Rapid, Large-Scale Prioritizing of Human Variants with Lasergene Genomics Suite

human-molecules

Lasergene Genomics Suite now includes access to the Variant Annotation Database (VAD) for human sequencing data. I recently spoke with DNASTAR Scientist, Dr. Tim Durfee about the VAD to get a better understanding of how the tool works and how it can help genomics and clinical researchers with their variant analysis.

 

Can you describe what the Variant Annotation Database is?

The VAD is a database resource that contains information on individual positions and alleles across the human genome. It is currently human genome specific. The major purpose of the VAD is to allow rapid prioritizing and ranking of the large number of variants found in any given sample relative to the reference genome. This can be on the order of thousands of variants for gene panels; tens of thousands for exomes; and millions for whole genomes. This kind of large-scale analysis is critical for the clinical sequencing market.

 

How can users access the information in the VAD?

Annotation information for each called variant in a specific sample is automatically retrieved from the VAD during project setup in ArrayStar. With the upcoming Lasergene 14.0 release, it will be added to the project directly following assembly and variant calling. The data is accessible in the ArrayStar SNP table and can be used to filter and create gene and SNP sets. For examples on how this can be done, take a look at our tutorial.

 

What is the source of the annotations in the VAD?

The data is from two major sources: the 1000 Genomes Project and dbNSFP (Database of Human Nonsynonymous SNPs and their Functional Predictions). As the name suggests, the dbNSFP data is on protein encoding positions in the genome. The data are organized into five broad categories:

 

  1. Allele and genotype frequencies from the 1000 Genomes phase 3 data as well as from NHLBI’s Exome Sequencing Project. The 1000 Genomes data is available as global frequencies as well as frequencies for 26 populations grouped into 5 super populations. This data is extremely useful for filtering. For example, if you’re studying a rare disease that only occurs in a small number of individuals, you wouldn’t expect a relevant SNP to occur at high frequency in the population – typically, you filter for variants that occur less than 5% or even less than 1% in the population.

 

  1. Functional impact prediction methods: LRT, MutationTaster, PolyPhen-2 (two models) and SIFT. The four methods use different strategies to predict whether a given non-synonymous change is deleterious to the function of the encoded protein.

 

  1. Evolutionary conservation scoring systems: GERP++, SiPhy, PhyloP and PhastCons. These methods use sequence alignments of the human genome with the corresponding regions of other organisms to produce scores of how conserved each particular base is across evolution. In coding regions, the more evolutionarily conserved the particular base is, the more likely having that base in that position is important for the function of the encoded protein. Some methods (e.g. GERP++) can also be used to assess the importance of bases outside the coding regions.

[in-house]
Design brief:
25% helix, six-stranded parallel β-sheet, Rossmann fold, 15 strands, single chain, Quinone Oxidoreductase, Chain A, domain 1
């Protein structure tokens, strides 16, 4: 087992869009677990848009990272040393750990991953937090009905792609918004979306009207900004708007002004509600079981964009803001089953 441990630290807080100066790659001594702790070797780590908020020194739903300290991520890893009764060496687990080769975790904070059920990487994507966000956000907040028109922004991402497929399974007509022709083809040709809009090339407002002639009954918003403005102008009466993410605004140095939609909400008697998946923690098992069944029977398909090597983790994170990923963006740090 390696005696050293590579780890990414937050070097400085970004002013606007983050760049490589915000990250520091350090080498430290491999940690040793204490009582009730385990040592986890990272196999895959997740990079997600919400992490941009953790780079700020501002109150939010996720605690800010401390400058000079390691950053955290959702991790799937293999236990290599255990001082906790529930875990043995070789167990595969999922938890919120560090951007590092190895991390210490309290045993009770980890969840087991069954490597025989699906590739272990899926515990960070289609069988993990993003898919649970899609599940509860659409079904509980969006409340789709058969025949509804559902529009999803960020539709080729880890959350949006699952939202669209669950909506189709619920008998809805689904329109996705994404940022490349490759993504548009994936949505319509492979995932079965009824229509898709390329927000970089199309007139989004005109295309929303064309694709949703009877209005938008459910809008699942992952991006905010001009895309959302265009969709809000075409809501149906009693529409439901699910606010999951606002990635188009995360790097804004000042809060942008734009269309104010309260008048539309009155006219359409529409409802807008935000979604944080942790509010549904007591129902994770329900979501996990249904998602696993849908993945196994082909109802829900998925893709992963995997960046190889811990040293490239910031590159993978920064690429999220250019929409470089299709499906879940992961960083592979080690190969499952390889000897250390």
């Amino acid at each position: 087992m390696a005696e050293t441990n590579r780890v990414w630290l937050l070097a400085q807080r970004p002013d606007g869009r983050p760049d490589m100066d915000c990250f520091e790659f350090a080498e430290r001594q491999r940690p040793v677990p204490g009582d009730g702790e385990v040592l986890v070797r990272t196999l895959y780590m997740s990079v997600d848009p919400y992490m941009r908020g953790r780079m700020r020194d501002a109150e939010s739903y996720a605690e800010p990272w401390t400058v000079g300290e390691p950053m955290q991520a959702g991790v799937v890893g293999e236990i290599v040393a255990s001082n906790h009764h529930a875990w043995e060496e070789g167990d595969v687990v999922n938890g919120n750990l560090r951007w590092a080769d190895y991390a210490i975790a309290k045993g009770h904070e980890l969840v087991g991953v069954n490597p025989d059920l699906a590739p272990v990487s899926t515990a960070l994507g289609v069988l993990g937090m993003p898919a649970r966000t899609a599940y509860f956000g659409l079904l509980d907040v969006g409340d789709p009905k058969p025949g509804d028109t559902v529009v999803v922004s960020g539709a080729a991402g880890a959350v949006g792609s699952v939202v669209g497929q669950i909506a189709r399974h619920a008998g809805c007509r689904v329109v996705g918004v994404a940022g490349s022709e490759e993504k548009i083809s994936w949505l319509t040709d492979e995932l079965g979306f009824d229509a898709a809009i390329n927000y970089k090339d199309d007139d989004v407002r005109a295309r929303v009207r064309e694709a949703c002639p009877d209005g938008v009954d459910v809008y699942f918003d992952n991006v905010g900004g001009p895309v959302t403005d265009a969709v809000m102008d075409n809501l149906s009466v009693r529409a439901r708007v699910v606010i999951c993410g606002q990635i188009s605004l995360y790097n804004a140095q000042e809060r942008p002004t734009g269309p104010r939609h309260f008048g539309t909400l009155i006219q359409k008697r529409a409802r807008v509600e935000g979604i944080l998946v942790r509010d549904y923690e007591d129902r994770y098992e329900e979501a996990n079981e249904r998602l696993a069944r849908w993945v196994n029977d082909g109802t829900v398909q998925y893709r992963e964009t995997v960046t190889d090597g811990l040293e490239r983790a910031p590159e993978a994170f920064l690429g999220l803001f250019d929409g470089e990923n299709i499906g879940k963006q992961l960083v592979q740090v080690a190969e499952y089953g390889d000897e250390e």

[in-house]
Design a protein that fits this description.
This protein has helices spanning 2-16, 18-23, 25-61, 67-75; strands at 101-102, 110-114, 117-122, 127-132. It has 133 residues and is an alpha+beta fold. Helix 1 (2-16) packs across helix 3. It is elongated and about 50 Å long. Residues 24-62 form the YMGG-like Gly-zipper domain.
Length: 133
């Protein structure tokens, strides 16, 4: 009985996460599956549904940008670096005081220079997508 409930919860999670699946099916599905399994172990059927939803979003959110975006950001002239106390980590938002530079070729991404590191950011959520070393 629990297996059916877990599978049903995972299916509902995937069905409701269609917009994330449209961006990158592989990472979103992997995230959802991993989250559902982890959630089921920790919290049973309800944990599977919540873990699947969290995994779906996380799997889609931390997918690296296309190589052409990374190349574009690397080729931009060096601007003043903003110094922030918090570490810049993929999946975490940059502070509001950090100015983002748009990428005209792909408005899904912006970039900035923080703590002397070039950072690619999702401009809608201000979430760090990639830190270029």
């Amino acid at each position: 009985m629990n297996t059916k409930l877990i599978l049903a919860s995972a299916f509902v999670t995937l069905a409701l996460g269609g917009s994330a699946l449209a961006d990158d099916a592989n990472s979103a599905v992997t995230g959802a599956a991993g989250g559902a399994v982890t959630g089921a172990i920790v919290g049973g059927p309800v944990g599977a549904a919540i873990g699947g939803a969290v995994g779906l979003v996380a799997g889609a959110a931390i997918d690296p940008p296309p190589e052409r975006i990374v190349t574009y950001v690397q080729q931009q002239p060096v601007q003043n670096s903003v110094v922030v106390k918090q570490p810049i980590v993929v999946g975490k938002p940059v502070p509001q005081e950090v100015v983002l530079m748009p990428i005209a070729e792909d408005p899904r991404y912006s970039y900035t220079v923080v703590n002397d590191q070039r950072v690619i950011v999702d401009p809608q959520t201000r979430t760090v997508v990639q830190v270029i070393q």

1. Pathogenicity information from ClinVar: ClinVar is a central repository hosted by NCBI that catalogs and reviews human variation and its connection to disease.  The VAD uses the clinical significance field to allow filtering on different classifications including Benign and Pathogenic.

 

  1. Miscellaneous information: The VAD also contains other types of information such as links to dbSNP Uniprot and Interpro that allow the user to easily retrieve additional data from those resources.

 

What are the advantages to using the VAD over a user’s own database or VCF file?

If a user has huge VCF files with the annotations, they would have to manually go through each position and retrieve the relevant information for that allele. With the VAD, all the annotations are automatically retrieved and readily available for filtering. The VCF is more useful as a record file of all the variants and their annotations that can be shared between applications.  For example, a VCF of alleles of interest produced by ArrayStar can be used by SeqMan NGen in subsequent assemblies to report on those positions.

 

How does this compare to other tools on the market today?

The major advantage of DNASTAR’s Variant Annotation Database is the seamless connection with the assembly and variant caller. With open source software, you have to first run the assembly, do the variant calling with a separate program, and then use yet another tool to add the annotation information. There is often a steep learning curve with each of these tools, which can make the overall process laborious. The DNASTAR pipeline integrates all these steps into one suite and allows for multiple sample comparison and filtering. Additionally, we provide the most accurate assembly and variant calling.

 

 

Want to learn more? Check out our variant analysis workflow page to see videos and benchmarks on NGS assembly and variant analysis in Lasergene Genomics Suite.